Wednesday, 5 December 2007


Being an agile developer in a largely waterfall organisation has reminded me of a game we played in one of my MBA lectures where we were put into groups and asked to solve a problem.

One guy in one of the groups (unbeknownst to us) had been primed by the lecturer to disagree with every idea that his group came up with. At the end of the session, that group had markedly better results than all the other groups. The constant voice of dissent had helped them to uncover their assumptions.

Of course, before revealing the results, the lecturer asked each group to vote a person out and the disagreement-guy was unanimously given the boot.

Monday, 26 November 2007

Knowing When to Refactor

You're in the middle of implementing some new functionality when you stumble across some poorly written code. Fixing it properly will take some time and, for the stuff you're working on, you can get away with making a couple of tweaks. What should you do? Refactor it now? Or leave it for another time? If so, when?

Douglas Squirrel told me about a neat solution that I hadn't heard of before. The idea is that the first time you come across some smelly code you write a comment that says FIXME. Each time you encounter the code again, or someone else does, an extra X is added so it becomes FIXXME, FIXXXME etc. By the time the comment screams FIXXXXXXXME, you know what you have to do!

Saturday, 17 November 2007

UNICOM Agile Conference - February 2008

I will be speaking about Acceptance Test-Driven Development at the UNICOM agile conference in London, 12/13 February 2008. The conference has a good line-up of speakers including Duncan Pierce, Keith Braithwaite, and Rachel Davies. Early-bird fees are on offer till 18th January.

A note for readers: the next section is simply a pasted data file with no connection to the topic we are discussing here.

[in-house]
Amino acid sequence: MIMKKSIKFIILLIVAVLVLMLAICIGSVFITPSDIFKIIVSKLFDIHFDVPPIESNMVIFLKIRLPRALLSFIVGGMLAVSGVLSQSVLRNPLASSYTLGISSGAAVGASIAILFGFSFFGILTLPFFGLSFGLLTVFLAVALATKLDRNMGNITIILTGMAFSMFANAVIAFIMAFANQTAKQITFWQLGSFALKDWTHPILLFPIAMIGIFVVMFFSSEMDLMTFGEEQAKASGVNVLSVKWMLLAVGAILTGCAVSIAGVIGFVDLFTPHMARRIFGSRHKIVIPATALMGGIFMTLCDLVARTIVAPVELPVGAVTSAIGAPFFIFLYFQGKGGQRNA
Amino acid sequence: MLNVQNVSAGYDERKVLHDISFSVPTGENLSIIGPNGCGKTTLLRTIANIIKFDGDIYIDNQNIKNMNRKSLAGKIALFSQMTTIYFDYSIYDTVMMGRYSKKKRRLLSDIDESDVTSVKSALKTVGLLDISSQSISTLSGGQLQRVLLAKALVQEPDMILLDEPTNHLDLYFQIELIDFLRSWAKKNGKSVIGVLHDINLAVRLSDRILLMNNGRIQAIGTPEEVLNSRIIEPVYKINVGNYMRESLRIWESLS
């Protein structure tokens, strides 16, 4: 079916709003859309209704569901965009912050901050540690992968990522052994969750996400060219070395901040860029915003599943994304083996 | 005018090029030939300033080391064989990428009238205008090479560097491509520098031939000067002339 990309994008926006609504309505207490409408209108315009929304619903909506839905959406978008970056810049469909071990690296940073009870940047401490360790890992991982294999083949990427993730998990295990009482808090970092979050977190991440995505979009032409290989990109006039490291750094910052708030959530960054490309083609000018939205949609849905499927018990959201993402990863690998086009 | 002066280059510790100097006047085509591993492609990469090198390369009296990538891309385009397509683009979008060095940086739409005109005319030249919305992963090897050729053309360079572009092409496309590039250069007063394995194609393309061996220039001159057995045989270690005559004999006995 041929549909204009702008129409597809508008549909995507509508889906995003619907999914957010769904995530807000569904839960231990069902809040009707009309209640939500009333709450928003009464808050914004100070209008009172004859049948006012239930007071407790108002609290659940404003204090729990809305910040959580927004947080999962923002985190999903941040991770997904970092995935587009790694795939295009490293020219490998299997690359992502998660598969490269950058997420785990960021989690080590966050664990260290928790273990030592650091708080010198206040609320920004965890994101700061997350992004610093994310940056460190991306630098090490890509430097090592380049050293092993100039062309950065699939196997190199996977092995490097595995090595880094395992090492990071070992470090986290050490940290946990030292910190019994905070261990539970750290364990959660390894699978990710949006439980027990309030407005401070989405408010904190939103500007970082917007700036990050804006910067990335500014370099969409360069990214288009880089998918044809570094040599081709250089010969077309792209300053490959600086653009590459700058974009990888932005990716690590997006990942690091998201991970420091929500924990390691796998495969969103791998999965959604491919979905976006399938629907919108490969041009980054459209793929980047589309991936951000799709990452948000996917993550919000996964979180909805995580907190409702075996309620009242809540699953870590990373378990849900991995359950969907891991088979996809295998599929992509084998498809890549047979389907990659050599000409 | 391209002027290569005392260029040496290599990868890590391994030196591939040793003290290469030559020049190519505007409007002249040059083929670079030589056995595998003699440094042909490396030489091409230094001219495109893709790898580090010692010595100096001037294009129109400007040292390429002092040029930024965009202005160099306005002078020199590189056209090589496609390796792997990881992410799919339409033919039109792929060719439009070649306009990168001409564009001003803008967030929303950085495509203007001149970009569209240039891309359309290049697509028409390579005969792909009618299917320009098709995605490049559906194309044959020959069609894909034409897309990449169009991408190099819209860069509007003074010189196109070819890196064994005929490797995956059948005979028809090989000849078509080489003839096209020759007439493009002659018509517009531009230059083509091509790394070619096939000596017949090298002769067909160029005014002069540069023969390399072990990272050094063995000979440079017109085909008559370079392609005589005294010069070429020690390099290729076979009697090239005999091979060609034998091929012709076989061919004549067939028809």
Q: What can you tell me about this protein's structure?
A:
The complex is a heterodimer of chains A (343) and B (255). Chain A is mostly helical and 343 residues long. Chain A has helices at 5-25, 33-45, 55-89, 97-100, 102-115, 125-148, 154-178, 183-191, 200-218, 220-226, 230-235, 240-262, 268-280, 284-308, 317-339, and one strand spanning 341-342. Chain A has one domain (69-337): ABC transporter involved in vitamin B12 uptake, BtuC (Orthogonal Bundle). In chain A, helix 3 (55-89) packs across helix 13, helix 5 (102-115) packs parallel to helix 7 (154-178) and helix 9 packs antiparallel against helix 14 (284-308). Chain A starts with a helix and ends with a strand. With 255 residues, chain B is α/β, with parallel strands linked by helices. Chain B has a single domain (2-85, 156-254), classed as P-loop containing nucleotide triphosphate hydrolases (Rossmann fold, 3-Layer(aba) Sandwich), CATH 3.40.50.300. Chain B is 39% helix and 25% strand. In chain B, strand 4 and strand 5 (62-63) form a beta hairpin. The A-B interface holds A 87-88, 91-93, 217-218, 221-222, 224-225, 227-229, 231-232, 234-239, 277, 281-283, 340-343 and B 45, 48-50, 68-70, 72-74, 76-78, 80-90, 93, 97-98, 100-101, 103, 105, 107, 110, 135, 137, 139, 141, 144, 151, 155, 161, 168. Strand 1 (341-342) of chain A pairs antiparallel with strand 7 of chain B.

Update: If you're interested in attending, contact me. I can probably get you a discount.

Thursday, 28 June 2007

Tapestry 5 (Alpha)

I've been working with Tapestry 5, for a few weeks now, and I'm loving it. It's a big step up from Tapestry 4 and I think it could become a realistic competitor to Ruby on Rails. It has similar characteristics: convention over configuration and an almost religious devotion by its creator, Howard Lewis-Ship, to driving out duplication.

Sometimes he possibly goes too far. For example, if your page class is /article/ArticleEdit the duplication of the word "article" is removed from the URL, so the URL becomes /article/edit. It seems like an improvement, but actually introduces ambiguity and has caused confusion, judging by queries on the mailing list.

At the moment, you'd be taking a risk using Tapestry 5 in a production application. It's still "alpha" and unstable both in terms of the API, which hasn't fully settled down, and in terms of defects: There are lots of minor, and a handful of more serious, defects reported in JIRA. But if you're developing a non-mission-critical web application you might want to give it some serious consideration. It's already very good and only going to get better.